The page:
Lansing — Businessman Dick DeVos this year contributed to two Michigan political action committees despite a pledge from U.S. Education Secretary Betsy DeVos that she and her husband would suspend their political contributions during her tenure under President Donald Trump.
State disclosure records show Dick DeVos contributed $3,000 to the Michigan Chamber of Commerce PAC on April 20 and $2,000 to the Friends of West Michigan Business Grand Rapids Area Chamber of Commerce PAC on July 24.
Both PACs have since contributed to state and federal officials, and critics say her husband’s donations contradict the promise Betsy DeVos made to members of a congressional committee in January.
But a family spokesman defended and downplayed the PAC contributions Friday, telling The Detroit News that Betsy DeVos did not have the chance to “provide a lot of context” in her testimony.
“As it relates to Dick, I think there’s a big difference between (giving to) federal candidates and the rest of the world of political giving, and that was a distinction there wasn’t really an opportunity to make,” Greg McNeilly said. “But I think in his mind, that’s kind of where the line was drawn with her testimony.”
McNeilly suggested the pledge to suspend contributions was focused on direct giving to federal candidates. Dick DeVos is “open” — but not committed — to supporting state-level political candidates this cycle, he said.
Lonnie Scott, executive director of the Progress Michigan liberal advocacy group, said he was not surprised by the PAC contributions from Dick DeVos, which he called a “violation” of Betsy’s stated intentions.
“Did we expect her to keep her word in the first place? I think that’s the real question,” he said. “When you have spent literally millions of your own money to purchase legislators and specific policies, you’re not going to stop that once you can finally get in a position where you can influence it directly.”
Nomination fight pledge
Trump’s pick for the federal government’s top education post faced heavy scrutiny during the nomination process, in part because the school choice advocate and her husband had spent years using their family fortune to influence the political system.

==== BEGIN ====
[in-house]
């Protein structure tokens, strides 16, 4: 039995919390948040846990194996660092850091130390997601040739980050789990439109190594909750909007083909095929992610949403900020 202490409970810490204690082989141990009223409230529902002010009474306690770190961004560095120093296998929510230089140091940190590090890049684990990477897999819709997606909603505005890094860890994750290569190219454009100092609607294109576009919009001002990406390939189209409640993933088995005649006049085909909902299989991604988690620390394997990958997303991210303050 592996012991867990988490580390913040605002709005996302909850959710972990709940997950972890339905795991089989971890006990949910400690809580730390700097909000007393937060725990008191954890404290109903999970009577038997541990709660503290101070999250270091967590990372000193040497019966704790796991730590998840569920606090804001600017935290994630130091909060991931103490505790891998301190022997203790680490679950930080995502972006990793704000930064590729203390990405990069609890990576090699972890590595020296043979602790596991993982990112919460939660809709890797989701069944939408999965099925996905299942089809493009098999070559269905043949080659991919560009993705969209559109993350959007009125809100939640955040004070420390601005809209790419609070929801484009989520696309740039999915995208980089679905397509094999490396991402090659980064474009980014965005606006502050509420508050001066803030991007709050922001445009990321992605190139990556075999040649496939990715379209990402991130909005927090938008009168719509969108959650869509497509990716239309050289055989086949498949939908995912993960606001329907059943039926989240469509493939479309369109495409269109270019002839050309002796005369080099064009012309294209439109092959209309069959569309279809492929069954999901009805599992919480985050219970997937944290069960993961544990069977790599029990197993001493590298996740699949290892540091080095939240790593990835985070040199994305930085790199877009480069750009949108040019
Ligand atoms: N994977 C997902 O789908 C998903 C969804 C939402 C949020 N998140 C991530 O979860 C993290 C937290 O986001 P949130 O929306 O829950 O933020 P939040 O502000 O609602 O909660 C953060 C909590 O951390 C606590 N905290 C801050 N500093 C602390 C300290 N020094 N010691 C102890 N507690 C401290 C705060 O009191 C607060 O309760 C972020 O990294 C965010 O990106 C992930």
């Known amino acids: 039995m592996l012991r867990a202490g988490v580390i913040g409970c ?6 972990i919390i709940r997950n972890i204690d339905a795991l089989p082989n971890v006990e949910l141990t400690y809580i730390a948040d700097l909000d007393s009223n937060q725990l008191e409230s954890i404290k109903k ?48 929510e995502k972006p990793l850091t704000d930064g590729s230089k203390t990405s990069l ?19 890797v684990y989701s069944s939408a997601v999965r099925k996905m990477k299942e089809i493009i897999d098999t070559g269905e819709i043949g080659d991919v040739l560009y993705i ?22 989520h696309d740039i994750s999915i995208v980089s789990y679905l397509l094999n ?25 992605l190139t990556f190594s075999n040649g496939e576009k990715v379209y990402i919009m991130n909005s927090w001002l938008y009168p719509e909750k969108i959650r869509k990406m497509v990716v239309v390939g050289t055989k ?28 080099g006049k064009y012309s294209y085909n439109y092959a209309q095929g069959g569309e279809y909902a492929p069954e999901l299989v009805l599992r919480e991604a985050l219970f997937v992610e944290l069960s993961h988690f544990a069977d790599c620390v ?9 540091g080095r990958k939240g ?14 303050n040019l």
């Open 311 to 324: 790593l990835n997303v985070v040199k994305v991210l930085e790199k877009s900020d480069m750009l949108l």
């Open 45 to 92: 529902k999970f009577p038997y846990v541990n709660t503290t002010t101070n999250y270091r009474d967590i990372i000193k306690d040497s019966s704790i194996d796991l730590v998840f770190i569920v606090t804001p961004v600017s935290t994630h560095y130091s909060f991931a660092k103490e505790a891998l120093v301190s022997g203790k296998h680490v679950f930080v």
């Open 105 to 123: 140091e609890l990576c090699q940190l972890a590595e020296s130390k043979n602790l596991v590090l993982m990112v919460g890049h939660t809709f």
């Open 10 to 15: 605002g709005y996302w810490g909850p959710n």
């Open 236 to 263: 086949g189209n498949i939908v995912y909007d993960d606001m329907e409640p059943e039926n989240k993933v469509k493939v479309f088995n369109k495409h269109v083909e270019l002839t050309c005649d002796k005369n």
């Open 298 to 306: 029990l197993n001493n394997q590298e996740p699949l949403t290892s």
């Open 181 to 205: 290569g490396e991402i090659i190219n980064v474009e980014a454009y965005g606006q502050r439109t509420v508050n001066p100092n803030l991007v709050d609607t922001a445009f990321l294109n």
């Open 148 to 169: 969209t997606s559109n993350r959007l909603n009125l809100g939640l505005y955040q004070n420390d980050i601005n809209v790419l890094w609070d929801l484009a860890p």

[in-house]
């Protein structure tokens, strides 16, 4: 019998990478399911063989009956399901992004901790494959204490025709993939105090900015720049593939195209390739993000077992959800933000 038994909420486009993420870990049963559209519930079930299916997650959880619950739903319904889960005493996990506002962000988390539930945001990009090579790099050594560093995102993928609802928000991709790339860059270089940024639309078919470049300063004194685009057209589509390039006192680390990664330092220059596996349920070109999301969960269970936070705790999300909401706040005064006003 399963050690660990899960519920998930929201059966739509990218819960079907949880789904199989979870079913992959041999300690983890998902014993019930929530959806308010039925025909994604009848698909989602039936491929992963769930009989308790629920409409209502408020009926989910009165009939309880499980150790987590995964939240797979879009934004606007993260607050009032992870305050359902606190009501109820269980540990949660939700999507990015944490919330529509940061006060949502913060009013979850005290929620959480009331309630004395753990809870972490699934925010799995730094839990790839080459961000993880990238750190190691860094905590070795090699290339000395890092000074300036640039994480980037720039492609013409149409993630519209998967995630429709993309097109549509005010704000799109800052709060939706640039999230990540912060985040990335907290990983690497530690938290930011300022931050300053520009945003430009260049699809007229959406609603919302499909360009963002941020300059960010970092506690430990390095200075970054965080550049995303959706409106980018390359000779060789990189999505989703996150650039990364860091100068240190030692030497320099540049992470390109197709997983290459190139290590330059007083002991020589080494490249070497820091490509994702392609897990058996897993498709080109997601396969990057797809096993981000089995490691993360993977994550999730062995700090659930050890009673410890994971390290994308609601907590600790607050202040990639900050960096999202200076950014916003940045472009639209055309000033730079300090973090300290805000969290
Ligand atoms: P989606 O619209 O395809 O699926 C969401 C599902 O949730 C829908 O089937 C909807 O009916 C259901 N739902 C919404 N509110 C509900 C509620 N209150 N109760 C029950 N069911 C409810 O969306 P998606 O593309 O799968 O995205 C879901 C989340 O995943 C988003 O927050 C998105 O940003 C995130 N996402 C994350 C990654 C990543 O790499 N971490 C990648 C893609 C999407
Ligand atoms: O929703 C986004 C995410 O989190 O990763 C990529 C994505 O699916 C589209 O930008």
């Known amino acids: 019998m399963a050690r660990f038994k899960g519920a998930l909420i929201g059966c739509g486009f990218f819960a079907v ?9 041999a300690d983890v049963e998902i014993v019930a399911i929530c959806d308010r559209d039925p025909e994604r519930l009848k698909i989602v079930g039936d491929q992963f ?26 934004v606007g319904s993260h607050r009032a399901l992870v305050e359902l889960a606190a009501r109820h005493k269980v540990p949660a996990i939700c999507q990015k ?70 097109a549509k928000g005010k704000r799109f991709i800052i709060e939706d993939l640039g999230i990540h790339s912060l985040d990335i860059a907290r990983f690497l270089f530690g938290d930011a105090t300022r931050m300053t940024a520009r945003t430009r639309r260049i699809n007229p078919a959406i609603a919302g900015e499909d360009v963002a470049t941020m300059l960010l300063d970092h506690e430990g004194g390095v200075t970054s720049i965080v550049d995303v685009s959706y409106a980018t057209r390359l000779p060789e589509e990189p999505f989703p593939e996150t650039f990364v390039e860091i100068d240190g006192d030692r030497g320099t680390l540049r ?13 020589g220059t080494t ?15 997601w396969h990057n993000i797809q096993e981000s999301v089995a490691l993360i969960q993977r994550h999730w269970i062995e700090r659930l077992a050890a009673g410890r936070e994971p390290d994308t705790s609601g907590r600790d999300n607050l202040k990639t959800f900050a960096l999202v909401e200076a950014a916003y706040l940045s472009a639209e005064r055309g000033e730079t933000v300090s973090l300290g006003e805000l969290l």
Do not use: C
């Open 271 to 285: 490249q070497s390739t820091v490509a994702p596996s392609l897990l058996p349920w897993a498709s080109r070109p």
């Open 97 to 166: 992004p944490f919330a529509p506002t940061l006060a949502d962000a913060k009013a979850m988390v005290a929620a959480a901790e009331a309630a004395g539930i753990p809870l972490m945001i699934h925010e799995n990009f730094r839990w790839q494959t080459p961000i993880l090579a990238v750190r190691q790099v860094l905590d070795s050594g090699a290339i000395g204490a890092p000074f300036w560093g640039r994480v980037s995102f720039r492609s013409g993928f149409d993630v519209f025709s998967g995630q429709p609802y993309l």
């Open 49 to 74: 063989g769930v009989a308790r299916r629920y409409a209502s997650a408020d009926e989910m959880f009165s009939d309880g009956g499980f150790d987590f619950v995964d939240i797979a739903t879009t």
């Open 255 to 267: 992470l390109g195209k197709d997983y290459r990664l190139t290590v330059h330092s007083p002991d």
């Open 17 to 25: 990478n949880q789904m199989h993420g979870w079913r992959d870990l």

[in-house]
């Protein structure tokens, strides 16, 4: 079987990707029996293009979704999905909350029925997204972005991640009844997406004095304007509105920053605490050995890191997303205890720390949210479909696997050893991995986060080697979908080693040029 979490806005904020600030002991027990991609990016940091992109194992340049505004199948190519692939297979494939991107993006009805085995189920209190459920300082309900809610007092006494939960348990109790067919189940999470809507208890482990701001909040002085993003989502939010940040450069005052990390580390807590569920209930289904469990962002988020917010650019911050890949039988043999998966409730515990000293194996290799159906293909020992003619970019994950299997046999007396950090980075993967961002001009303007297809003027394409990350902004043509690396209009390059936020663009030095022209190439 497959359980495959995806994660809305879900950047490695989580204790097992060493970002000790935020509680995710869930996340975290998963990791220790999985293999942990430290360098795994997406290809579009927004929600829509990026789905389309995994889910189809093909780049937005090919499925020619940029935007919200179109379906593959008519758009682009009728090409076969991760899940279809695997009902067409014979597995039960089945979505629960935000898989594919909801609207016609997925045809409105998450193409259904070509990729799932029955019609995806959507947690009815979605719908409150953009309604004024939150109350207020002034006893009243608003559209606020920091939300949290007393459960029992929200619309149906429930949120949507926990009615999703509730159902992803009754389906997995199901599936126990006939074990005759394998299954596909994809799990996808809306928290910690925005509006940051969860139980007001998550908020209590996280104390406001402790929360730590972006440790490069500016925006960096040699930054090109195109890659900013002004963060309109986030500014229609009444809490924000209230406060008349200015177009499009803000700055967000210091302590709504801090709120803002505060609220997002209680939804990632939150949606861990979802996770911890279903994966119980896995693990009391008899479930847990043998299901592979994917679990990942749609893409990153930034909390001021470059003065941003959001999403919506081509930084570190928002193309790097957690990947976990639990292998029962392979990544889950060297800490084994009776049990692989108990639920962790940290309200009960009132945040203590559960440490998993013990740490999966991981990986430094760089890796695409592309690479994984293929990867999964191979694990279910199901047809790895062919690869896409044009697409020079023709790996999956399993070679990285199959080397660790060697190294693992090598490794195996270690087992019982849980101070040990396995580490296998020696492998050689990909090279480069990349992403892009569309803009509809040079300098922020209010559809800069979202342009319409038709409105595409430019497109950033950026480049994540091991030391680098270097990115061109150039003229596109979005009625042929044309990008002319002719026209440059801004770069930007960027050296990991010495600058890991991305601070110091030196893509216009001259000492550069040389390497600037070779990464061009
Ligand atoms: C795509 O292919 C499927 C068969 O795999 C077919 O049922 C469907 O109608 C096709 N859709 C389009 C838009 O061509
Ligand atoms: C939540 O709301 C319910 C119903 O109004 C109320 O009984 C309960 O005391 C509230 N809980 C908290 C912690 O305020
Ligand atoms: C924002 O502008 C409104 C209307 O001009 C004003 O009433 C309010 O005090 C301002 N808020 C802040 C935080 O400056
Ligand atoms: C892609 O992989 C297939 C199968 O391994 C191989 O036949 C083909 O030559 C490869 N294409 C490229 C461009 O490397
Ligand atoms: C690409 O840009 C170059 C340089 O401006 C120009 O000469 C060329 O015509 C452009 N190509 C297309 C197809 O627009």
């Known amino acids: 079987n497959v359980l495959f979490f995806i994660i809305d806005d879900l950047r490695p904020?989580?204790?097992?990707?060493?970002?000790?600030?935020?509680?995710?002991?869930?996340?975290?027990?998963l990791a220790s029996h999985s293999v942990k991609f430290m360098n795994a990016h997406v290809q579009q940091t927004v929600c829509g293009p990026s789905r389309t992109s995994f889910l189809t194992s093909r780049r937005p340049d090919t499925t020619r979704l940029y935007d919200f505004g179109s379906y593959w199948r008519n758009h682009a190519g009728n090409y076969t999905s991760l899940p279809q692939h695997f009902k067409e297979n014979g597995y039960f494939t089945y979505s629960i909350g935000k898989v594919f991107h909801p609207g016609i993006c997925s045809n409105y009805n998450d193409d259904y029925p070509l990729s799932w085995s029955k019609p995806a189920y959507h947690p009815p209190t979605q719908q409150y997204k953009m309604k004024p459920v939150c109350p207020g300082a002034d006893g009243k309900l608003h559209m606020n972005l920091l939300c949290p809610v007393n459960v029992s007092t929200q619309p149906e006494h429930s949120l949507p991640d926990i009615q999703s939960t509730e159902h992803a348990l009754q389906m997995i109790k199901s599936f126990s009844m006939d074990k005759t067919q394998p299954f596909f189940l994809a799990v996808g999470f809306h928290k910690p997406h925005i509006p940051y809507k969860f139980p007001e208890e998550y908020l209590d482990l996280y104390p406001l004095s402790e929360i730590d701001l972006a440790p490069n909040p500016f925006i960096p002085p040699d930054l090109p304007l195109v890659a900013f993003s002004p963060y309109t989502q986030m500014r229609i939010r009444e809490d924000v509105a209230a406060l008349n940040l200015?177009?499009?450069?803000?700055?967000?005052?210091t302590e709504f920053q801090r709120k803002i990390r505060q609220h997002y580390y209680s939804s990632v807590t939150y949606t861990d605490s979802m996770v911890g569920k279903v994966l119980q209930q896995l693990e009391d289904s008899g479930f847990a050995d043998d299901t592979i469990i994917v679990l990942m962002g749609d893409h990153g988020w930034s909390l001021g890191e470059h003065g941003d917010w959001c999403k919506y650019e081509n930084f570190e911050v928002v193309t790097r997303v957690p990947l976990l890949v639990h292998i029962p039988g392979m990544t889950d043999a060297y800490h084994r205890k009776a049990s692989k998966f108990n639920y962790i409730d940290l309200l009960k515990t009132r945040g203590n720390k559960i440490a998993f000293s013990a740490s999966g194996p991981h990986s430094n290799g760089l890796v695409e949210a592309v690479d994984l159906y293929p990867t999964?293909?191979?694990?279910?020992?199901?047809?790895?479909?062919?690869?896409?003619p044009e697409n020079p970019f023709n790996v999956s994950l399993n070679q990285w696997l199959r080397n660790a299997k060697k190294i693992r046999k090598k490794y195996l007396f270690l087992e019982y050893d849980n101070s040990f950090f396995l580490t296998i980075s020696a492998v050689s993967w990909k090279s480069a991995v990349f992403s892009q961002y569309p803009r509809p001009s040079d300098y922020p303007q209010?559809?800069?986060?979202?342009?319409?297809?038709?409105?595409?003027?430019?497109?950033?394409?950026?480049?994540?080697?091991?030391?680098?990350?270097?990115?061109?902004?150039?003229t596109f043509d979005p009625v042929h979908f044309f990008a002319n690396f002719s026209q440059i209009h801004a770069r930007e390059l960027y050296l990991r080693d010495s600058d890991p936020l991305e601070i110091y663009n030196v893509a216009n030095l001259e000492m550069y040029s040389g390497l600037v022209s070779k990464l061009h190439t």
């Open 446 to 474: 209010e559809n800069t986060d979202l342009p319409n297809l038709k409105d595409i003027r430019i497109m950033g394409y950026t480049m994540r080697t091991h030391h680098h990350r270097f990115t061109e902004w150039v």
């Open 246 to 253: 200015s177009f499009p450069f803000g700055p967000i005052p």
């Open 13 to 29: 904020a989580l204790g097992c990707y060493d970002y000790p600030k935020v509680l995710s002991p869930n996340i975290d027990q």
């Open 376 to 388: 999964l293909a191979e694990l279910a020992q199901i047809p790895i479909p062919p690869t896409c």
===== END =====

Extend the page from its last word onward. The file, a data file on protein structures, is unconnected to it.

During a Jan. 17 nomination hearing, Democratic U.S. Sen. Patty Murray of Washington state asked Betsy DeVos if she and her family would “continue to use its wealth to pressure state, local and federal candidates to support your agenda.”
“If I am confirmed, as you know, I will not be involved in or engaged in political contributions, and my husband will not either,” DeVos told Murray and other members of the U.S. Senate, Health, Education, Labor and Pensions Committee.
State and federal records show that neither Dick nor Betsy DeVos has contributed to any candidates or education-focused PACs since she was confirmed by the Senate on Feb. 7, according to state and federal records.
The $5,000 contributed by Dick DeVos, president of the Windquest Group and son of Amway co-founder Richard DeVos, also pales in comparison with political giving in past years. At this point in the 2015-16 election cycle, Betsy and Dick DeVos had given a combined $232,400 to PACs, Republican organizations and state and federal candidates.
Craig Mauger, a watchdog with the Michigan Campaign Finance Network, said DeVos left a lot of “gray area” in her pledge to suspend political giving.